Modeling and Impact Assessment Component of the India - Climate Change Impact and Adaptation of Coastal Cities Study: The Case of Kolkata

Client: WorldBank


Flood hazards are natural phenomena, but damage and losses from floods are the invariably the consequences of human interventions. Urbanisation aggravates flooding by restricting where flood waters can go, covering large parts of the ground with roofs, roads and pavements and obstructing sections of natural channels. As more people crowd into cities, so the effects intensify. As a result, even quite moderate storms produce high flows because there are more hard surfaces.

Most metropolitan areas in the developing countries ,the urban sprawl in the metro areas along large rivers and deltas creates competing demands on space for more built-up areas than for exclusive use as floodplain. Potential climate changes are likely to cause an increase in the number and intensity of flood events causing growing demand for space for rivers, creeks, and other water bodies as receptacles of flood water. Alternatively, there might be implementation of series of structural measures such as higher embankments, transportation of excess water through pumping, etc.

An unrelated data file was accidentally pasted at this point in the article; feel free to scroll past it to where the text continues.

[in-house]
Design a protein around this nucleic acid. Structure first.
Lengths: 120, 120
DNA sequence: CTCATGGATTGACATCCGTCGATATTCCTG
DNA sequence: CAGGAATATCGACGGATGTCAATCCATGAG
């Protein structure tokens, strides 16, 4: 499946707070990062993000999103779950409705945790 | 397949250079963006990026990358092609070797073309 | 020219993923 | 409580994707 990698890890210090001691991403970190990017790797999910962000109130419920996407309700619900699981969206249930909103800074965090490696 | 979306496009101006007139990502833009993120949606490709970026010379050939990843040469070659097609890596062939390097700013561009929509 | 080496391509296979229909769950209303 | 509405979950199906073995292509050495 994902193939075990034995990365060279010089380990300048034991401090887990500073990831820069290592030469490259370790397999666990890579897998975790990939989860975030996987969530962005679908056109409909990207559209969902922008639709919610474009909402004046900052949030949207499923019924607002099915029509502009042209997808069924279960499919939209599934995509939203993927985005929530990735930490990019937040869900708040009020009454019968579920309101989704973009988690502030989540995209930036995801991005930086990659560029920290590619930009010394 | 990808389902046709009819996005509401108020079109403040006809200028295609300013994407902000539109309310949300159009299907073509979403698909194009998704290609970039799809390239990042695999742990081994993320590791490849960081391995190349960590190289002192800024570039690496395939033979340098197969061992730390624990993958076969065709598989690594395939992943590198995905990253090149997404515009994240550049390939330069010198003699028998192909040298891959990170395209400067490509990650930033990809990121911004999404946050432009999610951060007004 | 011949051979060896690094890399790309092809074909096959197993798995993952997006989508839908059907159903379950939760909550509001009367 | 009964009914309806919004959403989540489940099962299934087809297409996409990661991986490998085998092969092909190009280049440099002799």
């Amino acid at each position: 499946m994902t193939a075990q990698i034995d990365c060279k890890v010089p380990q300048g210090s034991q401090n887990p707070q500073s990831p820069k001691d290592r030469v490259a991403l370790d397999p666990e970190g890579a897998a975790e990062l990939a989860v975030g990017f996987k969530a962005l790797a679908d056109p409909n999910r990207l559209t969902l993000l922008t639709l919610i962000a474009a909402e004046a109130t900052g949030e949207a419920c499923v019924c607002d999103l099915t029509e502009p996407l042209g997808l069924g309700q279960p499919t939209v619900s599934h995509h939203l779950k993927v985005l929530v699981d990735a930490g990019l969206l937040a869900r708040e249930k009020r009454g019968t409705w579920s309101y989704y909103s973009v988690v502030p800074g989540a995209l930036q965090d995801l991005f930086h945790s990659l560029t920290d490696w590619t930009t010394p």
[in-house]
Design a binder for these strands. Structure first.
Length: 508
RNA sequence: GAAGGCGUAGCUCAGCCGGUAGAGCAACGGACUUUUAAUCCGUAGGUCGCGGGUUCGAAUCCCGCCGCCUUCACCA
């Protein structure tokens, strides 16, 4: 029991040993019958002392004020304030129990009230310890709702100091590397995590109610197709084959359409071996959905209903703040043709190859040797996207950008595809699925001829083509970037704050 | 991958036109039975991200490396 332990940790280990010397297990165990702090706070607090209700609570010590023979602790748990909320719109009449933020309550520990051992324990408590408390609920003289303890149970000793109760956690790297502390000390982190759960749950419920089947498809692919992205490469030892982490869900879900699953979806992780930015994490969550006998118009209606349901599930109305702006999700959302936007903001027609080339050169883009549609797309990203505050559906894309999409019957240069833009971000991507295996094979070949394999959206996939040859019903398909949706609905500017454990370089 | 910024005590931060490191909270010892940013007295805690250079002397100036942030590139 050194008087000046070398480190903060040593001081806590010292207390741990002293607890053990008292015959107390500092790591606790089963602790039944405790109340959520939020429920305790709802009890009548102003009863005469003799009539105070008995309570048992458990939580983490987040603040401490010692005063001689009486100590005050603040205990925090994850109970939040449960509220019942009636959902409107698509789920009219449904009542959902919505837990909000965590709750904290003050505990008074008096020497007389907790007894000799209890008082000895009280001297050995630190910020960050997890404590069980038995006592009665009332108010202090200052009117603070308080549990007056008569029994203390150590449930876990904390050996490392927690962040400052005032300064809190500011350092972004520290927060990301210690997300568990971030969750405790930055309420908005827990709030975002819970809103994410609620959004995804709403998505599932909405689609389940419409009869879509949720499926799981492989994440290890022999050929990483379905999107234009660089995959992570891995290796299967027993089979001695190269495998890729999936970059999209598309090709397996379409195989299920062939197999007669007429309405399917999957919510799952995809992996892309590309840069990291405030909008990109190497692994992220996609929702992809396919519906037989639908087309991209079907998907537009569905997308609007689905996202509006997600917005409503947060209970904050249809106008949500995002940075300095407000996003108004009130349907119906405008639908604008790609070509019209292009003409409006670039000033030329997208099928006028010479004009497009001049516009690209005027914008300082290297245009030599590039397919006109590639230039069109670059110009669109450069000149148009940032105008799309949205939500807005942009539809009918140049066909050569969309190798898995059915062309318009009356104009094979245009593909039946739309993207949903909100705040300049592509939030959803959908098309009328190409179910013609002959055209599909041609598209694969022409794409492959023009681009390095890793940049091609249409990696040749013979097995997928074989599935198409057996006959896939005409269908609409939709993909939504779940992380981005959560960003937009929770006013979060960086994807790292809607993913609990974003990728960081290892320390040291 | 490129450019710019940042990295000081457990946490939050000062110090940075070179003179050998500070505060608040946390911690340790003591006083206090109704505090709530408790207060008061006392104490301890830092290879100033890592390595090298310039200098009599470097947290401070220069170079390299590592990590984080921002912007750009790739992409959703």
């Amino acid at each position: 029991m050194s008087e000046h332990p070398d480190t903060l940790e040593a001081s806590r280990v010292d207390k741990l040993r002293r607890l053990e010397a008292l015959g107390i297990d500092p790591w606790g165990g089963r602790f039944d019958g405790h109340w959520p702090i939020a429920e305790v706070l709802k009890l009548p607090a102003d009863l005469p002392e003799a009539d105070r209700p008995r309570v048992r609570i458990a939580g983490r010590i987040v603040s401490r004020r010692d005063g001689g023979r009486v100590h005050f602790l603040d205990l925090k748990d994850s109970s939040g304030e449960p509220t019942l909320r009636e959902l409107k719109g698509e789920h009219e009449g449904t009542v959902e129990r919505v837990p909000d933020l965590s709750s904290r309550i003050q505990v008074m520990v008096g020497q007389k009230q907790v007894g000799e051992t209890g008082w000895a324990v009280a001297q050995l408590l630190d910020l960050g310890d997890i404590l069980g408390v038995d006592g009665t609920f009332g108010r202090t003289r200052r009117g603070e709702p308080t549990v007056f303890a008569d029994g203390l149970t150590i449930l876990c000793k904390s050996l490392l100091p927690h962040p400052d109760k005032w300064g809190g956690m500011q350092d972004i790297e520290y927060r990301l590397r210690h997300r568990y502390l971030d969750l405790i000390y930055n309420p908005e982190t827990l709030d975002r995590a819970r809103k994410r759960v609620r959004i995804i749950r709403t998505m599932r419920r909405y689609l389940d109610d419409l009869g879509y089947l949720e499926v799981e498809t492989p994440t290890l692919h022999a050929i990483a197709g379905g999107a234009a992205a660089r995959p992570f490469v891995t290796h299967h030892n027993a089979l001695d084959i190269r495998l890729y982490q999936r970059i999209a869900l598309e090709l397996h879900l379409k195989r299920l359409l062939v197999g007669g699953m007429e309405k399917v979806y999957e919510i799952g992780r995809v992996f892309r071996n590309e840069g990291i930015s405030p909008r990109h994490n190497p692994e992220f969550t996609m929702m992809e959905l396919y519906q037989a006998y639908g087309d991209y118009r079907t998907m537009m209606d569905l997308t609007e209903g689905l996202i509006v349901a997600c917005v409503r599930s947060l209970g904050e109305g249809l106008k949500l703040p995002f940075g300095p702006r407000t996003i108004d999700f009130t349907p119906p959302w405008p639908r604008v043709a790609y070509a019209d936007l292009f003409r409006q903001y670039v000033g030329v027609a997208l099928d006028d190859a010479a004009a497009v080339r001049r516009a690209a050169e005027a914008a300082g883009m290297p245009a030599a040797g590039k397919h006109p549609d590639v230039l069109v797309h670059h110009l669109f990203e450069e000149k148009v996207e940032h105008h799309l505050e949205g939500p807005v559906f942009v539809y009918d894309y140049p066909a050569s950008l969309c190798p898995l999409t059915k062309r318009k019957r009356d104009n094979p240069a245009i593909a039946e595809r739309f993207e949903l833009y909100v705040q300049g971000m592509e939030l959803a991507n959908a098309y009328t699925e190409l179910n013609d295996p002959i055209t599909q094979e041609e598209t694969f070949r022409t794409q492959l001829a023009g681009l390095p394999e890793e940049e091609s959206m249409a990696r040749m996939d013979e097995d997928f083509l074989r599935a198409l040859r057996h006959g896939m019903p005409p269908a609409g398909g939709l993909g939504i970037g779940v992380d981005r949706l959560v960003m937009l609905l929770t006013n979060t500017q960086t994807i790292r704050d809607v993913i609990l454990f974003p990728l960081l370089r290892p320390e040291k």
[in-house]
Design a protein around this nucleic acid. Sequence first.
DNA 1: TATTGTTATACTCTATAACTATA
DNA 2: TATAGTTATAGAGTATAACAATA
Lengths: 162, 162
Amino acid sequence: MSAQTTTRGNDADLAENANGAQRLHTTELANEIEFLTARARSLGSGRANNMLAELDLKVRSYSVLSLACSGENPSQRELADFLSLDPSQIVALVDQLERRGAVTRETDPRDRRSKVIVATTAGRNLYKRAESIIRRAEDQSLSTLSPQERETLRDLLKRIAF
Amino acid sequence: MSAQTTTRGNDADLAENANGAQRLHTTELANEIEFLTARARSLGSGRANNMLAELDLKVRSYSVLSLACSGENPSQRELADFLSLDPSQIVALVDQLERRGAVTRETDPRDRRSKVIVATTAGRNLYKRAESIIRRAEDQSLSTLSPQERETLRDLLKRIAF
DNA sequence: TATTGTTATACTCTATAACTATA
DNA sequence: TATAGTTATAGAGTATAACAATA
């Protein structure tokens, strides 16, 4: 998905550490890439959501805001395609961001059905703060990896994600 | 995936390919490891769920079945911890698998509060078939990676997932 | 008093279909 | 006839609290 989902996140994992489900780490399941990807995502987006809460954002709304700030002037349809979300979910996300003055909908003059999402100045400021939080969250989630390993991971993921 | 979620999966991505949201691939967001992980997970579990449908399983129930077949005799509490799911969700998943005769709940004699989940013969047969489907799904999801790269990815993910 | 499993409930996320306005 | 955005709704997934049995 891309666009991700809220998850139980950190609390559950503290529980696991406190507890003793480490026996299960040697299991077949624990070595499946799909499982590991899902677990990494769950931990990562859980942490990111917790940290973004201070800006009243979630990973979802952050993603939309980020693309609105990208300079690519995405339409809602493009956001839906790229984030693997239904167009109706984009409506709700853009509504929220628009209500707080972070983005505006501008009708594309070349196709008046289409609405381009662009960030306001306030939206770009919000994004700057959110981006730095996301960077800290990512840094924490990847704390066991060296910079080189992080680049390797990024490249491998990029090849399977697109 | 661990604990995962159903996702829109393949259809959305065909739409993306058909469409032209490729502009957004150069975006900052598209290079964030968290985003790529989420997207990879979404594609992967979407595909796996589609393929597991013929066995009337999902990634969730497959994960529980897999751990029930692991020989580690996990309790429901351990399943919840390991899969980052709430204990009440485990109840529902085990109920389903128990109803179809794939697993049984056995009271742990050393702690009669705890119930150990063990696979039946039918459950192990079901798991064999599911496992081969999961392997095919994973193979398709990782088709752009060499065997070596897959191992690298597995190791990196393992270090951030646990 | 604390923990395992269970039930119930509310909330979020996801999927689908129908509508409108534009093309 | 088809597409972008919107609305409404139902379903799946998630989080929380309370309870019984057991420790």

The focus of the study:

  • Establish a climate change related historical knowledge base for the use of city specific impact analysis, adaptation strategy formulation and raising public awareness;
  • Define and evaluate the impacts of climate change (from social, economic, and environmental viewpoints) on the basis of stylized scenarios for each city.
  • Help formulate city level strategies for implementation in the short, medium and long-term to make adaptation and coastal zone development plans more robust to climate change and increase the resiliency of natural and physical systems.

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